Block on Trump's Asylum Ban Upheld by Supreme Court
Remember the "monkey selfie"? Well it's back in the news, this time sans monkey.
In August, we blogged about the case of a black macaque (which, unlike a chimp, is properly called a "monkey") that pushed the shutter of photographer David Slater's camera while it was set up on a tripod.
Slater claimed that he owned the photograph, but we (along with others) concluded that the photo had no owner. Slater didn't create the photo, but a monkey isn't a "natural person," so it can't own anything. Now, Slater is taking his monkey selfie fight to copyright experts.
I Swear I'll Sue
For some reason, Slater wrote an email to Sherwin Siy, who blogs at the website Public Knowledge. Siy had written a post back in August agreeing that no one can own a photo taken by a monkey. Slater disagreed, calling the post "factually incorrect and damaging to me."
After calling Siy's legal opinion "factually incorrect," Slater then opined that he knew better than Boalt graduate Siy about what constitutes fair use. The letter is ... well, unfortunate even when it's cogent (which is more often than you might surmise), and you can read it in its entirety at Public Knowledge's website.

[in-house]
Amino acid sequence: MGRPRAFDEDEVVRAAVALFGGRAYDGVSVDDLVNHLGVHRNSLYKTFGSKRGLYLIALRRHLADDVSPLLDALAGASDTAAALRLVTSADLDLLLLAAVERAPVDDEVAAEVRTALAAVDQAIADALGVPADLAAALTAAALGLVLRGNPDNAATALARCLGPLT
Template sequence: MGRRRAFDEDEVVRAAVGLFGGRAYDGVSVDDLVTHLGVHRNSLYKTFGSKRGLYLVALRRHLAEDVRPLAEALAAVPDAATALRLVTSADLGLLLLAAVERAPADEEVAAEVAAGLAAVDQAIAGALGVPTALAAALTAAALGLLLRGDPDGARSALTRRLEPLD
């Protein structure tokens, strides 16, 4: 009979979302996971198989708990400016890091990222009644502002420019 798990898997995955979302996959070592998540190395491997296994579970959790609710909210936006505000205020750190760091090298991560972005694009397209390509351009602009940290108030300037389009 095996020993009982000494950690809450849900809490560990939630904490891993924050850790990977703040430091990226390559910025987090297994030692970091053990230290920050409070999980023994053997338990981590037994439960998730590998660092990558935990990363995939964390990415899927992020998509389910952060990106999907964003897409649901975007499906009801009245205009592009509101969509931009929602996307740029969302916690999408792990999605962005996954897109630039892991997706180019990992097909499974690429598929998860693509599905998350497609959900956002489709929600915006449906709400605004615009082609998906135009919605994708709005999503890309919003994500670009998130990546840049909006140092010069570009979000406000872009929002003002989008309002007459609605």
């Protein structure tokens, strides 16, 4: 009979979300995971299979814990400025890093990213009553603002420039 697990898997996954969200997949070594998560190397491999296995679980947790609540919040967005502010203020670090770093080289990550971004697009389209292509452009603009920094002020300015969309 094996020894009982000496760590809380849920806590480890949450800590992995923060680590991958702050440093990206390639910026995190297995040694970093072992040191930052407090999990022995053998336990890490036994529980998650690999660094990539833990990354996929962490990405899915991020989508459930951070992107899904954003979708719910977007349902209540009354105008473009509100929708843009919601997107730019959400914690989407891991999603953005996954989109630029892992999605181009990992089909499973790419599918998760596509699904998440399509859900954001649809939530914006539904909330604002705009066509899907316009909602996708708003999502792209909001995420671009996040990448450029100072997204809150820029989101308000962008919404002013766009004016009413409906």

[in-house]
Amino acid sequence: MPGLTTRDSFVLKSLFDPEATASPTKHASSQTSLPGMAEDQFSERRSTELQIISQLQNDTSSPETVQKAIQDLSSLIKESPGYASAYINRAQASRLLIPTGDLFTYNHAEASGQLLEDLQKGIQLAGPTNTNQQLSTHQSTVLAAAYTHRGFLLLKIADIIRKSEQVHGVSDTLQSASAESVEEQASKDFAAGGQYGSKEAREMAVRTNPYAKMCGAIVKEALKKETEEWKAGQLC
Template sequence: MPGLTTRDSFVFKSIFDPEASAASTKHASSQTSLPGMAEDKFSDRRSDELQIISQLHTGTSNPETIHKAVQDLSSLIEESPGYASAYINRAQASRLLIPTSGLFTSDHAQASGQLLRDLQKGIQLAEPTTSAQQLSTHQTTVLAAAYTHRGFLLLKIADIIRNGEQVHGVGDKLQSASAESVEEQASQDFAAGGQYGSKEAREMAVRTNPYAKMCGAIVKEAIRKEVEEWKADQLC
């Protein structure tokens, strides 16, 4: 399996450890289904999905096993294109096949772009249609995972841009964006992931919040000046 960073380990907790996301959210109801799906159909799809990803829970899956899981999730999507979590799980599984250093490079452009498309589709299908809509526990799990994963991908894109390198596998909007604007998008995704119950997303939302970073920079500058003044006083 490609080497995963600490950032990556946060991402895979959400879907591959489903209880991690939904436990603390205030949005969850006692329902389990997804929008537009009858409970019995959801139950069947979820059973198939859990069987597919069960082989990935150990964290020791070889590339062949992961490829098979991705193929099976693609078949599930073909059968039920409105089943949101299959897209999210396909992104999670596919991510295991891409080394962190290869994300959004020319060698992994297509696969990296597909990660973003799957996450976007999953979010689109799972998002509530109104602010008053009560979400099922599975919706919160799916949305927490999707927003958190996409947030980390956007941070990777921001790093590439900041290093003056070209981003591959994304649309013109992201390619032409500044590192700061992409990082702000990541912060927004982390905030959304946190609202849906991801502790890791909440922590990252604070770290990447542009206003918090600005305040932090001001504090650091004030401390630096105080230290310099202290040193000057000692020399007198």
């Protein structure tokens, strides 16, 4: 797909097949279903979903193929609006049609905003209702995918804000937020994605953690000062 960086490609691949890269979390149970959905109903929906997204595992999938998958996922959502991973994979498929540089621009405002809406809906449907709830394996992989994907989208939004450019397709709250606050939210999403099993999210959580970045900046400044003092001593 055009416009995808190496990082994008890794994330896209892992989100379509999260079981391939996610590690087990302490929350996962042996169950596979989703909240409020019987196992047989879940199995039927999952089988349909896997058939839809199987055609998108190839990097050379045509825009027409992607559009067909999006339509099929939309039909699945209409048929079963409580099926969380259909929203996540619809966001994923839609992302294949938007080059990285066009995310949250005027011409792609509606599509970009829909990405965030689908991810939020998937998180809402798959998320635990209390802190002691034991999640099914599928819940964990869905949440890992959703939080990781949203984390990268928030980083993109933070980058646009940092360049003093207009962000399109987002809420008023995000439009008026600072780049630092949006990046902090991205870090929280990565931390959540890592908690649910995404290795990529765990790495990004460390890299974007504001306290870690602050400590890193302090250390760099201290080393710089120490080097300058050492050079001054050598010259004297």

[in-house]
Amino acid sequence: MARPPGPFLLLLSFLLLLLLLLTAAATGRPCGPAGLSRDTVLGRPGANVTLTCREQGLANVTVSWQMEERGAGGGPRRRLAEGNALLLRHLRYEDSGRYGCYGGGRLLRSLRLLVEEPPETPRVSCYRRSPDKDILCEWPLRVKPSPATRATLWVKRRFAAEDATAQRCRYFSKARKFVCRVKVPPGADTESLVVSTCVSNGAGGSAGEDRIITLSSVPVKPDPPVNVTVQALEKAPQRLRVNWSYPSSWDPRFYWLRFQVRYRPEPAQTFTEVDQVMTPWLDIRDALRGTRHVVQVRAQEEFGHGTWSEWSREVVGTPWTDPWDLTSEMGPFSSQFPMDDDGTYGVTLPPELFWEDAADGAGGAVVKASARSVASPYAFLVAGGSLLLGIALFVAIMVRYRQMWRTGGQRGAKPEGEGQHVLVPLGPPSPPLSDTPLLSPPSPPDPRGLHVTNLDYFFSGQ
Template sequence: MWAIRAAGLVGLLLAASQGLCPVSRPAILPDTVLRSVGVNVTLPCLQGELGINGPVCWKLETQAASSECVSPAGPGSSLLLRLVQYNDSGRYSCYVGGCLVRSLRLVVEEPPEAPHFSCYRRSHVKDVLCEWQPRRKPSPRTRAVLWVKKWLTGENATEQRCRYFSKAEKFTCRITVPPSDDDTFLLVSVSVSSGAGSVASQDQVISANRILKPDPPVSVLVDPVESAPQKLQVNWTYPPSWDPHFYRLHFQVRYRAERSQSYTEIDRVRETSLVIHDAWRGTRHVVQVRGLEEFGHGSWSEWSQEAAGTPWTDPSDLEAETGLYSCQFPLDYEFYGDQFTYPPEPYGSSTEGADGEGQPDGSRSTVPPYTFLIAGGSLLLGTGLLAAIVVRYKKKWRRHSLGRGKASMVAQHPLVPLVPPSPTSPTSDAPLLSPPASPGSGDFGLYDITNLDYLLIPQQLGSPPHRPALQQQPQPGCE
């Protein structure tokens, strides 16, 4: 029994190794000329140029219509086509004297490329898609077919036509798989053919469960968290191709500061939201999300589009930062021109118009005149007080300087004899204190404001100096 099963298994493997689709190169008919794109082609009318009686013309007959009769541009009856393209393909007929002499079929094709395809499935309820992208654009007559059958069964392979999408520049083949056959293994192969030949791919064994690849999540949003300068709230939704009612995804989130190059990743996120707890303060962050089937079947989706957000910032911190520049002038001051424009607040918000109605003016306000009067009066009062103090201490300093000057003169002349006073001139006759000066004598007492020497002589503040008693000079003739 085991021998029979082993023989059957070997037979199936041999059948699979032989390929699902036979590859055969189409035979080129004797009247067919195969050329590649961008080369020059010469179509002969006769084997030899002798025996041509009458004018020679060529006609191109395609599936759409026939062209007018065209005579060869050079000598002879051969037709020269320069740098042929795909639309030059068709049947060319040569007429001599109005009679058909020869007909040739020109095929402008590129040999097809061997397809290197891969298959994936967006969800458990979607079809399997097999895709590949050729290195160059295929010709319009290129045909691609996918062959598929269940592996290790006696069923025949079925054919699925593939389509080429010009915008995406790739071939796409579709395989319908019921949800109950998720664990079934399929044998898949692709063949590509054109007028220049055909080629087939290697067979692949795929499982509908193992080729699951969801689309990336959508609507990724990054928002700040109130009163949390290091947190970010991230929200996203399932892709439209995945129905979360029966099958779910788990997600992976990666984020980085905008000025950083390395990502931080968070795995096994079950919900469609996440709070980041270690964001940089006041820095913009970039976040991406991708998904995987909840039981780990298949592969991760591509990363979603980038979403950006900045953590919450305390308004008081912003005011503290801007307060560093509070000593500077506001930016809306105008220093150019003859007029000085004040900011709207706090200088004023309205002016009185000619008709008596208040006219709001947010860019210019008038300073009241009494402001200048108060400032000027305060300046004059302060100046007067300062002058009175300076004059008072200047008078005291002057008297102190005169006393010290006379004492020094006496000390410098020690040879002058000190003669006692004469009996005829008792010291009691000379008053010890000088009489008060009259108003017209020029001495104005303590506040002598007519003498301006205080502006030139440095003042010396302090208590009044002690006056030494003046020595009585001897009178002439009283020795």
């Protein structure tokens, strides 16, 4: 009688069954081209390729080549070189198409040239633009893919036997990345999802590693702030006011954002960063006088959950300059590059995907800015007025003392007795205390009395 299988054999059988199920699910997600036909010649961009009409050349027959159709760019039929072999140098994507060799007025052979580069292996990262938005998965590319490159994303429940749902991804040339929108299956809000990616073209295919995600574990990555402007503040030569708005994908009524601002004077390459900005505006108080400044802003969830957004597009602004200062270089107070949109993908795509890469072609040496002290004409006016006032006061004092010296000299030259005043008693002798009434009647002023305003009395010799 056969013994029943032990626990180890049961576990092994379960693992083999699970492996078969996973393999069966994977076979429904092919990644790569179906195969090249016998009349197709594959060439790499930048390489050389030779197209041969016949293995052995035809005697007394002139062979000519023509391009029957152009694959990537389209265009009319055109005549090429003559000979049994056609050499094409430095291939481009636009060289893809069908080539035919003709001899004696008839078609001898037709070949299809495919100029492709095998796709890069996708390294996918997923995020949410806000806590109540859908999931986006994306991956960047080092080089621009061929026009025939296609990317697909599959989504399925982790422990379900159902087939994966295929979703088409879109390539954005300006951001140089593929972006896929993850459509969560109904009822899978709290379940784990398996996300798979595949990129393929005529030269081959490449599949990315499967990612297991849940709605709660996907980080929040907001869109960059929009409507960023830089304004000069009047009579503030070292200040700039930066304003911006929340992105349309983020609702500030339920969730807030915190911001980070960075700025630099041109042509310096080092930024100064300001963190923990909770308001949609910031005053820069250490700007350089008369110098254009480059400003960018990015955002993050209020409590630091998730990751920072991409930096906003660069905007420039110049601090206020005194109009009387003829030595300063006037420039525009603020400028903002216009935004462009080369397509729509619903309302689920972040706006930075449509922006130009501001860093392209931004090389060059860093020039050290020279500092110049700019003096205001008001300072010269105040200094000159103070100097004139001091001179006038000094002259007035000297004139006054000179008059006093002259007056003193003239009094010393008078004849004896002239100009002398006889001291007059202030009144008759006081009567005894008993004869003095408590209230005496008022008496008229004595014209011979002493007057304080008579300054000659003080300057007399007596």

Ultimately, it ends on a threat to sue Siy if he doesn't "rectify the article with another article that reports the facts of the story." Notably, a failure to respond within 24 hours will be taken as "your acceptance of guilt."
Siy responded that he would not be publishing a correction or purchasing a license to the image, that Slater's legal analysis was wrong, and ended by providing an address at which he could be reached "for service of process."
'No One' Still Owns the Photo
From the start, Slater has been quite clear that he wants to cash in, big time, on the monkey selfie. "If it was a normal photograph and had I claimed I had taken it, I would potentially be a lot richer than I am," he told The Washington Post back in August. The monkey selfie even came to prominence then -- in spite of it being taken three years ago -- because Slater Streisanded himself by asking Wikimedia Commons to take it down, claiming that he held the copyright.
Slater clearly isn't the author of the photo, regardless of where he's claimed to have registered it. Siy deflates Slater's biggest balloon when he points out that the United States Copyright Office amended its manual of what's copyrightable by explicitly stating, as its first example of something that can't be copyrighted, "A photograph taken by a monkey."
Sorry, David Slater. Hopefully you'll have made some intentional choices so you can cash in on the next animal photo phenomenon.